The RETS Workgroup has been sunset as of April 2017, RESO will no longer be providing future versions of the RETS standard and the RETS v1.9 standard will be the last version of the RETS Standard released. RESO will also be discontinuing RETS Certification Services and issuing of RETS Certifications for Server and Clients as of July 1st, 2018. The real estate industry will continue to utilize the RETS Standard. RESO has released the RESO Web API standard as the latest standard for distributing real estate data. It is encouraged for MLSs, Brokers and Technology Partners to consider migrating over to the RESO Web API for the features and functions it provides above and beyond the RETS Standard, including supporting a mobile environment, a lightweight based JSON output, authentication through the OpenID Connect and OAuth2 global technology standards and OData for accessing and distributing data that is also a global technology standard for the transmittal of data.DLU June 8th, 2018
RETS did not contain any specifications for a specific schema. Rather, it was designed to work dynamically given the Vendor’s metadata. Therefore, each RETS 1.x server instance (e.g. an MLS) can generate a number of RESO-compliant schemas based on its own needs via a Get Payload command.DLU March 6th, 2019
RETS 1x security is handled at three levels: user, client, and data. User authentication, though not strictly mandatory in the specification, is handled through a login transaction which establishes a RETS 1x session for subsequent data interchange. Client application program authentication is also specified and is based on various industry standards. Data security, though not strictly part of the RETS 1x standard, is recommended through the use of appropriate transport protocols to ensure data content encryption & authentication (i.e. HTTPS/SSL).DLU February 11th, 2018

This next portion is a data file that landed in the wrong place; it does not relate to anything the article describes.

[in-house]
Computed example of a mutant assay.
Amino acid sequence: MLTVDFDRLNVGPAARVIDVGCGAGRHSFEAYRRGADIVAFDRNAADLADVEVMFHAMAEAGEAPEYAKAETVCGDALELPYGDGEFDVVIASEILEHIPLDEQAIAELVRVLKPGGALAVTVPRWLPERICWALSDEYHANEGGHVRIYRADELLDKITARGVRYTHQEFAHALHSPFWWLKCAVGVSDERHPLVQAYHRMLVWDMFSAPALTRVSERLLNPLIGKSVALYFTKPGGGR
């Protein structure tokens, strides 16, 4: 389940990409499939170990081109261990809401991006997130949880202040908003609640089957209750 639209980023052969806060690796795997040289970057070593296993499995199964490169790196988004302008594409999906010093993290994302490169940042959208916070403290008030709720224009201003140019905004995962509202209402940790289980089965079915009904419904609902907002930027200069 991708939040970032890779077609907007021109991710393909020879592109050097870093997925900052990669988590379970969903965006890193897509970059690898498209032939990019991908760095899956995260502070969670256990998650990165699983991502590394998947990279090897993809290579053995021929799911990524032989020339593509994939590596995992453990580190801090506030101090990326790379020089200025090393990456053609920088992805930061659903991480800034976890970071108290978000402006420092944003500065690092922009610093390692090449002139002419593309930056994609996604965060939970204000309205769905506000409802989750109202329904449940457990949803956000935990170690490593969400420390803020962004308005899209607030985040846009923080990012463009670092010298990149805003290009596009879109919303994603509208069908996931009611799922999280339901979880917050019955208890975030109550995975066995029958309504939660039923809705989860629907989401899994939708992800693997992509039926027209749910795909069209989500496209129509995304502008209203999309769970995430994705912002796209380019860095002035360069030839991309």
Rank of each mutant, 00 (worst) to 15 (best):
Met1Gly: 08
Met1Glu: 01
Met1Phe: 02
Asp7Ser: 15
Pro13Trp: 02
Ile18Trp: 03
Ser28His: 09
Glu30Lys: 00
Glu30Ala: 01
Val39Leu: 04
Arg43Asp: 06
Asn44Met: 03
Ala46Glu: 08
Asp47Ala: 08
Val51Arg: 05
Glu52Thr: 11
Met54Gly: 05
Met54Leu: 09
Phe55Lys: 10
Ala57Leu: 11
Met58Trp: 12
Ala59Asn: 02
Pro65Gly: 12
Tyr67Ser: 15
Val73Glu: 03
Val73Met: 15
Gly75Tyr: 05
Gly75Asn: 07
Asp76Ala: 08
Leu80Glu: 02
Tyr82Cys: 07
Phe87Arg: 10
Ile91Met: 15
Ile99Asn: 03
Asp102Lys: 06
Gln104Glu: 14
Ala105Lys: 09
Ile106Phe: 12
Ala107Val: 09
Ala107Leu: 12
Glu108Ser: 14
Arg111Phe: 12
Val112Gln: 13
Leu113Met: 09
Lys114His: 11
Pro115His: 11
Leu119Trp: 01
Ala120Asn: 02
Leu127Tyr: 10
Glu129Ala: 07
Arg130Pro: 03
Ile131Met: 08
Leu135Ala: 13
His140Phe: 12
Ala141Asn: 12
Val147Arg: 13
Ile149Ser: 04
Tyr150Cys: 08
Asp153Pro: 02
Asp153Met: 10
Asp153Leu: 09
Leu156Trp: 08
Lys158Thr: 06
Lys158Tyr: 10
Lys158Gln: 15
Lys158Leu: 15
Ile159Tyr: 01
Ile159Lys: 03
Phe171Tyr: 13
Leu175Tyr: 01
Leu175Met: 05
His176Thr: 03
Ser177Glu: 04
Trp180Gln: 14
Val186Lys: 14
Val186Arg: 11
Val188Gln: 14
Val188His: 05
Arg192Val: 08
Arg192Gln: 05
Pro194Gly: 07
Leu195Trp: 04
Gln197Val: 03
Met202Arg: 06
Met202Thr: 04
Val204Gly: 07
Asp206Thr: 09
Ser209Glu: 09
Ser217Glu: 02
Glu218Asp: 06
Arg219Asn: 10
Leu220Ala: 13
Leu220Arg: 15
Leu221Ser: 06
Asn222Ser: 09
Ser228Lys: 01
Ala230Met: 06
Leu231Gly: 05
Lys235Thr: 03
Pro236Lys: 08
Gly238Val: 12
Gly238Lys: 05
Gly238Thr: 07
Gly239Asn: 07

The Data Dictionary serves as a guideline for a North American standard for the fields and lookups in Multiple Listing Service (MLS) databases. An MLS does not need to support every field or lookup in the Data Dictionary, but if it does have a given field in the Data Dictionary it should to support that data item as defined in the Data Dictionary.DLU February 11th, 2018
The MLS, broker and their vendor or technology partner must convert their local MLS Data (metadata) to be Data Dictionary compliant. Once the data dictionary is implemented within a MLS it will be available to the Broker and Technology communities.DLU February 11th, 2018
The Real Estate Standards Organization’s Certification Program is the real estate industry’s seal of data excellence that ensures MLSs have correctly implemented RESO data standards and that Brokers and Technology Partners use the standards correctly as well.DLU March 7th, 2019
Starting in June, 2018, RESO will award certificates to MLSs for RESO Web API and RESO Data Dictionary versions. RESO will also award certificates to Brokers and Technology partners for RESO Web API.
Certifications are included as a RESO member benefit otherwise there is a fee associated with each certificate.DLU March 7th, 2019
RETS Server and Client certification services and the underlying issuing of RETS certifications became legacy on July 1st, 2018. RESO will continue to offer certification services on the RESO Web API and the RESO Data Dictionary as a focus on a long term basis.DLU March 7th, 2019
At the top level, RESO is governed by its Board of Directors, all of which are members themselves. The Executive Director reports to the Board of Directors and is in charge of the RESO operational component. The majority of work in creating new services, new standards and updating existing standards are accomplished through Workgroups and Committees.DLU March 6th, 2019
Workgroups are responsible for updating and creating new standards as the need or desire arises. Workgroups are comprised of RESO members who contribute their time on a volunteer basis. Workgroups are formed by the Board of Directors, Executive Director or by suggestions from other RESO members. Workgroups report to a Board of Director’s Workgroup Liaison Committee on a monthly basis summarizing all workgroup activities to the Board of Directors.
Committees are a special form of a workgroup created by the Board of Directors to perform special or specific tasks. Committees report directly to the Board of Directors.DLU March 6th, 2019
Organizational Unique ID
The official RESO Organization Unique Identifier (OUID) provides each individual organization within the Real Estate industry a unique ID alongside the comprehensive list of Realtor Associations, MLSs, system technology partners, technology partners and other affiliated businesses and data providers.DLU February 11th, 2018
Universal Property ID
The Universal Property ID (UPI) is a portable mechanism for uniquely identifying properties. RESO has formulated a basic concept that a Property ID be derived from the authoritative public descriptions. The UPI helps avoiding duplication of referenced properties when they are represented across organizations/entities/etc.DLU February 11th, 2018